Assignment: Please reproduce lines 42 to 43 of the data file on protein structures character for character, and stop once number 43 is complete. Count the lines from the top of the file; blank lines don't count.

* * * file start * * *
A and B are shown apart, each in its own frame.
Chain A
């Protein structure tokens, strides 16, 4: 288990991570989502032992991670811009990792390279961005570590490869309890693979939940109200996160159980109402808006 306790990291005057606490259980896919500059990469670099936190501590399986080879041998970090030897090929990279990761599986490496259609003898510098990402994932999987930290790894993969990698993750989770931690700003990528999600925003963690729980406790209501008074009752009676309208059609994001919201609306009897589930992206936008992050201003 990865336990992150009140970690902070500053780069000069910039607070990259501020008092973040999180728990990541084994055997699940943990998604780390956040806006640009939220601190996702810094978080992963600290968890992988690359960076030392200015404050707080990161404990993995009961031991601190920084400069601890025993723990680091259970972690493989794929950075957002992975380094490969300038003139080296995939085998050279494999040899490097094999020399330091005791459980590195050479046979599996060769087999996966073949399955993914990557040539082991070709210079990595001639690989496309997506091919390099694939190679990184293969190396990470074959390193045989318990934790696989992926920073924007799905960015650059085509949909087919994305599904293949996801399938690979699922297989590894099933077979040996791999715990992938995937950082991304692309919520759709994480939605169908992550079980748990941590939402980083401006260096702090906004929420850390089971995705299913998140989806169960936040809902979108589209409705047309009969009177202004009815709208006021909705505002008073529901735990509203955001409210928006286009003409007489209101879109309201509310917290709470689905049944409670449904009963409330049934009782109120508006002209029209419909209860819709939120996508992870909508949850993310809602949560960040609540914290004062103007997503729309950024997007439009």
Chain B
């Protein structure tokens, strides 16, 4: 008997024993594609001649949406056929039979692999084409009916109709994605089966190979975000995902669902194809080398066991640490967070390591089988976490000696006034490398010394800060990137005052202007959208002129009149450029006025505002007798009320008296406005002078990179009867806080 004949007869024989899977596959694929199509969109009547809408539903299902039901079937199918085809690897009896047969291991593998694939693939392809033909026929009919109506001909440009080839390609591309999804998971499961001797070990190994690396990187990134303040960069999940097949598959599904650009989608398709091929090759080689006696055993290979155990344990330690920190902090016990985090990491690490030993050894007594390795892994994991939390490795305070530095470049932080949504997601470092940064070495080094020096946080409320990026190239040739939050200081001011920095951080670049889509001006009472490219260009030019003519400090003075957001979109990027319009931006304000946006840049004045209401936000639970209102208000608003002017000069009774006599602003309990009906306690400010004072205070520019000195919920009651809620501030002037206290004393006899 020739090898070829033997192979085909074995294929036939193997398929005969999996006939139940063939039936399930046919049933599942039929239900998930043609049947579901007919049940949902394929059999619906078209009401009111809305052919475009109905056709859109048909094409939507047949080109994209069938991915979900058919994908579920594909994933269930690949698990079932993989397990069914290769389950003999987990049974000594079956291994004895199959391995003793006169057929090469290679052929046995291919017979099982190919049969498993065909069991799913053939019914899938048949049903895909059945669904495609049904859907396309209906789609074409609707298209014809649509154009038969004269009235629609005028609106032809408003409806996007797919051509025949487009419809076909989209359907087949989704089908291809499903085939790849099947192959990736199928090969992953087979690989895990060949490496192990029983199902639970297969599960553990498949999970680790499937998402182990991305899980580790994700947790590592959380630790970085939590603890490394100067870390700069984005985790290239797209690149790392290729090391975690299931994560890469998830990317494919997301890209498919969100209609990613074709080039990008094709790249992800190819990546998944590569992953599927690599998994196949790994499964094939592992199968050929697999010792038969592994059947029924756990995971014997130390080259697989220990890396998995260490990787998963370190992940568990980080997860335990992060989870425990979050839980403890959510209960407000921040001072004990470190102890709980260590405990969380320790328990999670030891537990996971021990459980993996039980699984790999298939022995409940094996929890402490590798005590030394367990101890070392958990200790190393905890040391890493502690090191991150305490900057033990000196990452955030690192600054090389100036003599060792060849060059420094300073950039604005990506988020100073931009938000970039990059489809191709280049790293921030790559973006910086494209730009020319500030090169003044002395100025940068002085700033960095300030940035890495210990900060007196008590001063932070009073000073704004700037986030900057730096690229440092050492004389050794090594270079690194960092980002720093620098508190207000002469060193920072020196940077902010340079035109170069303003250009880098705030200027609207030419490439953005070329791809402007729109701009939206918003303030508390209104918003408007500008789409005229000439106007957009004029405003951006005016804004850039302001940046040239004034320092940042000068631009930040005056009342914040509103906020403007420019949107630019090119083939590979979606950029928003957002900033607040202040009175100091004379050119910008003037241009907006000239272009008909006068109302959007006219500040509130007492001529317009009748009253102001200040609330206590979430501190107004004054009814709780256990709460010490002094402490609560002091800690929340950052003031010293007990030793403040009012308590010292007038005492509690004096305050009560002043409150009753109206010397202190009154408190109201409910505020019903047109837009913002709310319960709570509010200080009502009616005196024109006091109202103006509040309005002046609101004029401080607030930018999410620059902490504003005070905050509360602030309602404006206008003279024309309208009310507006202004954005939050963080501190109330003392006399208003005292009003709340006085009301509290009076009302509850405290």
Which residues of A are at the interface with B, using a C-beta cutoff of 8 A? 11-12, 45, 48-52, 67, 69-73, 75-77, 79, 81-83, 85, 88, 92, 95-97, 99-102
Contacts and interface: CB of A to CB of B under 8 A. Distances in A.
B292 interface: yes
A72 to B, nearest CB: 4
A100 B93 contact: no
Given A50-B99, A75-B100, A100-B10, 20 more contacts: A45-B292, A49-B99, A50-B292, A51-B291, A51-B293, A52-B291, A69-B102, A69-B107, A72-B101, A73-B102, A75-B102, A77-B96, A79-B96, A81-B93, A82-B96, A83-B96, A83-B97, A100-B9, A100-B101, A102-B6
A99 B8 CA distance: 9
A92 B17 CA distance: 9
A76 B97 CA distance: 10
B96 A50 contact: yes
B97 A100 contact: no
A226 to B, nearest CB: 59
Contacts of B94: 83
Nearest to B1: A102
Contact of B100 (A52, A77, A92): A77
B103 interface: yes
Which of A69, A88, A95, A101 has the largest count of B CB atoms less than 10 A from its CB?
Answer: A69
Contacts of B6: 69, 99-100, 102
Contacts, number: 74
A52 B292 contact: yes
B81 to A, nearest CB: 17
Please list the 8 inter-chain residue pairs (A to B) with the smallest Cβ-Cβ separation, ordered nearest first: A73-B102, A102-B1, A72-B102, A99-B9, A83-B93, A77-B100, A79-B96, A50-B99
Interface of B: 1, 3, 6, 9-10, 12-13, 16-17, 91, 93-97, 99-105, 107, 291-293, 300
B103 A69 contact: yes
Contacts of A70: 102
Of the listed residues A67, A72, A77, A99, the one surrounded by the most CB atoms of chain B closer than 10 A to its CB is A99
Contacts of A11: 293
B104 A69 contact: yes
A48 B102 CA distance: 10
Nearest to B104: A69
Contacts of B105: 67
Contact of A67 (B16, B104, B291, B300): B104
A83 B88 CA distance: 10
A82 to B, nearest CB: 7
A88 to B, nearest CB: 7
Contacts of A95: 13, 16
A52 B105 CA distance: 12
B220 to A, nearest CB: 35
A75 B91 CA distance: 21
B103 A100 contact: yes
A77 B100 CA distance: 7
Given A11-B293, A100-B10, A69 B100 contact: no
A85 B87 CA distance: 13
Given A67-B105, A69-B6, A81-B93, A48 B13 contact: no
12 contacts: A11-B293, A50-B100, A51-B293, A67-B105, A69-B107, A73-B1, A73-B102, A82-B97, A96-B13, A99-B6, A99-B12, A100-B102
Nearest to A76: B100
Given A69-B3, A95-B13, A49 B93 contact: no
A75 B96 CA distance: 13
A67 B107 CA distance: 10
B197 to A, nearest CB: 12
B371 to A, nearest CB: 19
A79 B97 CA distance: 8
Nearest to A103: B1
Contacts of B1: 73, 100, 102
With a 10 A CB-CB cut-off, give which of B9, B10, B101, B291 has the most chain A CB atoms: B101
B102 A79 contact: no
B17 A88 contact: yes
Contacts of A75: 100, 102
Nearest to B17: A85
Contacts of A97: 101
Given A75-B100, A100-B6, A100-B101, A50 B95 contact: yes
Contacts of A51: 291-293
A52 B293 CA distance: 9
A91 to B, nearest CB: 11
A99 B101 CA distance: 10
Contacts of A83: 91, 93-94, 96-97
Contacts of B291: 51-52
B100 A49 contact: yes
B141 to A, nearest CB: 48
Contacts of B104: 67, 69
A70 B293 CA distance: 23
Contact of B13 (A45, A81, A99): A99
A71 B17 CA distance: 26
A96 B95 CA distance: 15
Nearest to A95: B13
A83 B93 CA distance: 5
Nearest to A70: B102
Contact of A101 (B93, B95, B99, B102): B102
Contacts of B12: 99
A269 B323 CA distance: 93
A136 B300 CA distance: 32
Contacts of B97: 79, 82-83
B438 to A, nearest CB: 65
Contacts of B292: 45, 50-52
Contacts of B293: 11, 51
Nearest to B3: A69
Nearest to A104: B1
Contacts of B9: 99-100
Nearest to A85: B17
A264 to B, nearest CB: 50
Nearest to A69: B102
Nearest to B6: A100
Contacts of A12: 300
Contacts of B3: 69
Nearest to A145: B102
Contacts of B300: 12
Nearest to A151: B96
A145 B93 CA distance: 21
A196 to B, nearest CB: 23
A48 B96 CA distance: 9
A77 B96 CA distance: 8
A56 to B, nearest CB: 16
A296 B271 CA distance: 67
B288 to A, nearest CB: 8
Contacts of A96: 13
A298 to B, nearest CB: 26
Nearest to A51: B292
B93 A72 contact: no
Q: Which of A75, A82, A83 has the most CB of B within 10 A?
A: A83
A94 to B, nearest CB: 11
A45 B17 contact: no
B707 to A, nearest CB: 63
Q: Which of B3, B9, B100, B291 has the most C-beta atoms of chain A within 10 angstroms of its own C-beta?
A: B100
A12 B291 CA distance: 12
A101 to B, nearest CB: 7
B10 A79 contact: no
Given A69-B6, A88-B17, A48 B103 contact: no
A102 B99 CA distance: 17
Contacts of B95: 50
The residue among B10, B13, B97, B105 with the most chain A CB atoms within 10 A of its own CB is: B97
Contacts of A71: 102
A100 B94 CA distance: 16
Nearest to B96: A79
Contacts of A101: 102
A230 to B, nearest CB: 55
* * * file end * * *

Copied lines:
Contacts of A95: 13, 16
A52 B105 CA distance: 12